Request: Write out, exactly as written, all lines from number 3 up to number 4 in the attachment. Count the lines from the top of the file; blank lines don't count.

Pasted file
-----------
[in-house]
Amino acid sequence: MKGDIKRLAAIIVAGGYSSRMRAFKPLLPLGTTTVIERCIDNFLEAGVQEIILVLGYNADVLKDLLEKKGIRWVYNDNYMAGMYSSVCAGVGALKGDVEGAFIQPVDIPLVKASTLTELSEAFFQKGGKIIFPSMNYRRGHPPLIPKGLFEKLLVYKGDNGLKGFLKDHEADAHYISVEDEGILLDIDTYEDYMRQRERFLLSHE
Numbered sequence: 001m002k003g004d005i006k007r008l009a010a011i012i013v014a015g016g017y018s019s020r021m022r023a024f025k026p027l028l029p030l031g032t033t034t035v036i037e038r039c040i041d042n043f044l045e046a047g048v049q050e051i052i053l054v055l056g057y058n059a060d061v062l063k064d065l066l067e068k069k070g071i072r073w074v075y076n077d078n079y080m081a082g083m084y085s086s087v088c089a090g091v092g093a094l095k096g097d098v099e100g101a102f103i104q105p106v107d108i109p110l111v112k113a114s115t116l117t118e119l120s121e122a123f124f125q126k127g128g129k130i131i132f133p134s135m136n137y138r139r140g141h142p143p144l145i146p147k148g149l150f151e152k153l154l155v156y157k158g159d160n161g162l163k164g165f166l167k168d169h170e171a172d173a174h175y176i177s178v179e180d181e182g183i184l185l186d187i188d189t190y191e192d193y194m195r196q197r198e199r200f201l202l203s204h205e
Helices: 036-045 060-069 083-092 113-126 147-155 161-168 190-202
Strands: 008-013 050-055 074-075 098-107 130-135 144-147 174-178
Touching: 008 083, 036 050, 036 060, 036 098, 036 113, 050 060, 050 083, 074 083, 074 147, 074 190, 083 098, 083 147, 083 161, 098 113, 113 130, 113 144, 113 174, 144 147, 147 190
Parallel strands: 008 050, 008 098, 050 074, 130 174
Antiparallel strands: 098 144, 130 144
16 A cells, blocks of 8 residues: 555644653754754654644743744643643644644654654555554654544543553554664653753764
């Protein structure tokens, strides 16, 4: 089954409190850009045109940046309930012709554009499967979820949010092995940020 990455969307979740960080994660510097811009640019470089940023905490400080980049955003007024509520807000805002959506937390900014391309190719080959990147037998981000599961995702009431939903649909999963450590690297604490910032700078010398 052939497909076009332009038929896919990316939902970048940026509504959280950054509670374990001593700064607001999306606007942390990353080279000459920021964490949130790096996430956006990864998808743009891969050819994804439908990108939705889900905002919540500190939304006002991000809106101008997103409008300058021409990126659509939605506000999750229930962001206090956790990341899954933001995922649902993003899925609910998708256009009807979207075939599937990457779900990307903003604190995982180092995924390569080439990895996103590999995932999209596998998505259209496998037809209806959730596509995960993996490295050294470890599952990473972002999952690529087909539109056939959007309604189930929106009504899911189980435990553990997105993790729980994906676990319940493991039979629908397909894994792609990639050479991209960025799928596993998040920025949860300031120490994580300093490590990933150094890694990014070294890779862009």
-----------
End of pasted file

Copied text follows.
Numbered sequence: 001m002k003g004d005i006k007r008l009a010a011i012i013v014a015g016g017y018s019s020r021m022r023a024f025k026p027l028l029p030l031g032t033t034t035v036i037e038r039c040i041d042n043f044l045e046a047g048v049q050e051i052i053l054v055l056g057y058n059a060d061v062l063k064d065l066l067e068k069k070g071i072r073w074v075y076n077d078n079y080m081a082g083m084y085s086s087v088c089a090g091v092g093a094l095k096g097d098v099e100g101a102f103i104q105p106v107d108i109p110l111v112k113a114s115t116l117t118e119l120s121e122a123f124f125q126k127g128g129k130i131i132f133p134s135m136n137y138r139r140g141h142p143p144l145i146p147k148g149l150f151e152k153l154l155v156y157k158g159d160n161g162l163k164g165f166l167k168d169h170e171a172d173a174h175y176i177s178v179e180d181e182g183i184l185l186d187i188d189t190y191e192d193y194m195r196q197r198e199r200f201l202l203s204h205e
Helices: 036-045 060-069 083-092 113-126 147-155 161-168 190-202